Yueying Zhong (b. 1960), The God of Longevity, 2012, Bequeathed by Michael Sullivan, 2013. LI2022.266.a © The artist’s estate

The Stove God

Stove God with five children, early 20th century, EA1975.15

Traditionally the preparations for the New Year would start with sending off the Stove God to Heaven on the 23rd day of the last month. It was believed that in Heaven he would report to the Jade Emperor on the behaviour of the family he observed in the kitchen from his place above the oven during the past year. Based on this report the supreme deity would then decide on how much prosperity he will give to the family in the coming year. In order to make sure the Stove God would deliver a positive report the family would bribe him with sweet treats before burning his image. Seven days after the old Stove God has been burned, a new image would be installed above the stove. Even if officially he is a lower rank god, the Stove God was one of the most popular gods which even poorer families would invest in buying.


Images of Children

Displaying pictures of chubby baby boys is believed to bring male offspring and abundance. The babies are often depicted holding the peach of immortality, surrounded by magpies and mandarin ducks, both symbols for joy and happiness. Often portrayed with pink cheeks and chubby torsos, this healthy-looking youth would symbolise a rosy future. The images of children in Chinese New Year prints were intended in particular for those who wished to accomplish the chief Confucian virtue of raising a large family.

Yueying Zhong (born 1960), Boy with a bird, 2012, Bequeathed by Michael Sullivan, 2013. LI2022.266.b © The artist’s estate

The immortals He and He

The image of the immortals He and He exemplifies the practice of depicting objects that are homophones of the desired result. This motif of the two immortals derives from the Daoist pantheon. One of the “He” is the immortal of harmony and the other “He” is the immortal of union. They are generally associated with a happy marriage. These prints symbolise double happiness or happy children and would be pasted on or near the bedroom door.

Children for conjugal blessing, 19th – 20th century, Bequeathed by Michael Sullivan, 2013. LI2022.282.c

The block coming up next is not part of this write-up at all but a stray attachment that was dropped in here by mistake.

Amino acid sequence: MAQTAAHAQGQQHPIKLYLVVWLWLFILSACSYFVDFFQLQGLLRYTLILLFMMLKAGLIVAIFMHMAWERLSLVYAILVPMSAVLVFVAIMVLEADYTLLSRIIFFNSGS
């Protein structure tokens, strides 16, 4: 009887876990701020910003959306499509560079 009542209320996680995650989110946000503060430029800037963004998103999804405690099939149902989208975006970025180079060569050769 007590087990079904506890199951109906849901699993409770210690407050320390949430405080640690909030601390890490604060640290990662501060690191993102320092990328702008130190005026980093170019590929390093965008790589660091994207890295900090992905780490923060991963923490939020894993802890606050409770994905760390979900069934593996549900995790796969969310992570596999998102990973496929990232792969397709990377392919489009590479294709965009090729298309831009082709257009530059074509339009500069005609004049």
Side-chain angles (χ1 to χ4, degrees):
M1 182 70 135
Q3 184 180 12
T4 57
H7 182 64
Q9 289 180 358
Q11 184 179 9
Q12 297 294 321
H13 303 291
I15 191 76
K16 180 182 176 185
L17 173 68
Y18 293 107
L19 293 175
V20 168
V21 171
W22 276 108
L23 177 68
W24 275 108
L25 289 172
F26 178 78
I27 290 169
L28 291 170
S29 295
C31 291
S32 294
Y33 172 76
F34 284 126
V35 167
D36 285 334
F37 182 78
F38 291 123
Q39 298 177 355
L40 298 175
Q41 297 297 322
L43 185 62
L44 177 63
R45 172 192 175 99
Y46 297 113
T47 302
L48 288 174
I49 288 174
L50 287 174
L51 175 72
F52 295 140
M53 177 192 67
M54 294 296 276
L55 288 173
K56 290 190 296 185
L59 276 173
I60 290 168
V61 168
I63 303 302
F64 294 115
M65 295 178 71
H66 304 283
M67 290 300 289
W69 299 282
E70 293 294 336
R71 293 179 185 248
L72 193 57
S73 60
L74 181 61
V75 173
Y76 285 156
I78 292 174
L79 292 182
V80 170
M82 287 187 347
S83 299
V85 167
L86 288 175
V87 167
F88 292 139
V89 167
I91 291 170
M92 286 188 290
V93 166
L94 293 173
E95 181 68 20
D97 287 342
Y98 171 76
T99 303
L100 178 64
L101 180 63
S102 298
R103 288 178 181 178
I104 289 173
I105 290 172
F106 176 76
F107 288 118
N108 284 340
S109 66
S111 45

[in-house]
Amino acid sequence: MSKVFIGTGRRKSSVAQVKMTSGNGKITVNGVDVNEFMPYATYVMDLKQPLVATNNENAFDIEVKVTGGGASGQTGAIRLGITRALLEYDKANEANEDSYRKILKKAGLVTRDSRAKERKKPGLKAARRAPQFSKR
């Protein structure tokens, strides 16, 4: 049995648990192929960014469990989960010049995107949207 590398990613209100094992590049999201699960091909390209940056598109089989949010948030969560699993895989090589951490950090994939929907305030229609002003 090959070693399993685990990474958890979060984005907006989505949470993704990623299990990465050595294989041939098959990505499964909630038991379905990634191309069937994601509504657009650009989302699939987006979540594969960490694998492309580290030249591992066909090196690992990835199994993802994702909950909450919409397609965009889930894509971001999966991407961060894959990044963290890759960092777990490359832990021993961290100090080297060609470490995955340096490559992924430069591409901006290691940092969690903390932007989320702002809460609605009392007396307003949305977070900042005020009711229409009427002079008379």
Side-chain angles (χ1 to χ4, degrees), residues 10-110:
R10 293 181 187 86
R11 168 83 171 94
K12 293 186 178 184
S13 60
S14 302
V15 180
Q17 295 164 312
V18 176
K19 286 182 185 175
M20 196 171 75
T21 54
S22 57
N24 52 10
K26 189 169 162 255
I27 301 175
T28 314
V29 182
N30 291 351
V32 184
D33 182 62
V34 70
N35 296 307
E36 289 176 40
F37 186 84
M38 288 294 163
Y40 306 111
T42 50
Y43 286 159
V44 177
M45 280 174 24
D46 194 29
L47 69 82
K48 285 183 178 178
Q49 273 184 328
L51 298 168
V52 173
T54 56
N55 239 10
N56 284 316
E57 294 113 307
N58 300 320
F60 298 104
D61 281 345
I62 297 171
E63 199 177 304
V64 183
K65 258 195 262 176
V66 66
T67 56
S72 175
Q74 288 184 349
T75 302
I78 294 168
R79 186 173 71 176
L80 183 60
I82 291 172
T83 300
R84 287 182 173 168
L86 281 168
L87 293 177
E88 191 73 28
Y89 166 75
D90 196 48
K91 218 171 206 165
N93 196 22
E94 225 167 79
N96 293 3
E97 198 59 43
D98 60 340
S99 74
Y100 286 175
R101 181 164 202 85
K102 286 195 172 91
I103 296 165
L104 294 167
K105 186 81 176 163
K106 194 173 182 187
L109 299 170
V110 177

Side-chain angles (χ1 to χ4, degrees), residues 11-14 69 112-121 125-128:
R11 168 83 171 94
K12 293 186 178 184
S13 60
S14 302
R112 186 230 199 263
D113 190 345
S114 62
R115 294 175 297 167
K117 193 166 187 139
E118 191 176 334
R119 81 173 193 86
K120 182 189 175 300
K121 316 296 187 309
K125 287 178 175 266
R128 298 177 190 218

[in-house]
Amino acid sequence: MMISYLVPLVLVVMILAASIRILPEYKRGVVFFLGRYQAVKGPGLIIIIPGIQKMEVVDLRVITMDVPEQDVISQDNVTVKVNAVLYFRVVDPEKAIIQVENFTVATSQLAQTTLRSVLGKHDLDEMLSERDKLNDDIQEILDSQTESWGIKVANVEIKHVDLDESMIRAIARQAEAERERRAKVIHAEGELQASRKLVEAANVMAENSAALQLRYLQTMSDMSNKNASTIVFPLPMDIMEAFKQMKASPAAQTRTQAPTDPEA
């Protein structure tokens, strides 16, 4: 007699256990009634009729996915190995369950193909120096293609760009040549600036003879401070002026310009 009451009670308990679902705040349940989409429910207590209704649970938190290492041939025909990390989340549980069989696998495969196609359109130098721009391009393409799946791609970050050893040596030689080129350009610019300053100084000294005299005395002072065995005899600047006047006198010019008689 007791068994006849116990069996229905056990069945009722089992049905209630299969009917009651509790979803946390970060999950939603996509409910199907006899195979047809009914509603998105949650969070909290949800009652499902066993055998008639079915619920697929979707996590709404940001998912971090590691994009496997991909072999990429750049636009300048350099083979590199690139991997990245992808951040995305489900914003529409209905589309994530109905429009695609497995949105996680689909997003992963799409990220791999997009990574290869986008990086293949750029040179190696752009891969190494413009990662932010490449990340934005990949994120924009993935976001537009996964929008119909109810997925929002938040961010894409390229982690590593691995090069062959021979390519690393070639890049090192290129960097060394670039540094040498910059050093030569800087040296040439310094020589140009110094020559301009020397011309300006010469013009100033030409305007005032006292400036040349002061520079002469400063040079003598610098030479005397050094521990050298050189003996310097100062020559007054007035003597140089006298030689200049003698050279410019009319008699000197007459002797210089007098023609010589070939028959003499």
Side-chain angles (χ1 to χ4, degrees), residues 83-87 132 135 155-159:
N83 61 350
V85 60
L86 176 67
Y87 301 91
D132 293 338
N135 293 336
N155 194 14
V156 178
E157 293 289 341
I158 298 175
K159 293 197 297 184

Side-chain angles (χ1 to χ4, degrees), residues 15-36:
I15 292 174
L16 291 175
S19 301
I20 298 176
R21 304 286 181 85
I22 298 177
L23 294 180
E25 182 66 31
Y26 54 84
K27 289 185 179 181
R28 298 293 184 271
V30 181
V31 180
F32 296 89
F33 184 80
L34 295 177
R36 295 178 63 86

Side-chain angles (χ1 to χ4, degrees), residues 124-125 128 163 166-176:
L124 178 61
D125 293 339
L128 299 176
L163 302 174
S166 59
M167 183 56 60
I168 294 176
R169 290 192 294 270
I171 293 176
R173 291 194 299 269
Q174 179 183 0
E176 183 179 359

Taohuawu Printing Workshops

The picture of a young round shaped boy is associated with the Taohuawu woodblock printing workshops in Suzhou. The roundness of the boy implies completion, perfection and harmony. The boy is wearing a lock, a common protective accessory worn by children to keep them away from harm. In this example from the Ashmolean print collection the boy is holding a banner stating that the embodiment of harmony brings good luck.

Chinese wooblock print , early 20th century, Presented by Mrs Dubs, in memory of Professor Homer Dubs in 1970, EA1970.84.b.

The production of New Year prints in China was particularly thriving in the late 19th and early 20th century and specialised workshops often with their own distinct style could be found all across China. Taohuawu is one of China’s most famous and oldest New Year Print production centres. It was already printing and distributing woodblock New Year Prints as early as the Ming dynasty. During its most productive period the annual production of Taohuawu New Year woodblock prints reached more than a million pieces which were distributed across the country. It enjoyed popularity equal to the Yangliuqing New Year Printing workshops in Tianjin. The two workshops were famous and often referred to in one breath: “Taohuawu in the South and Yangliuqing in the North of China”.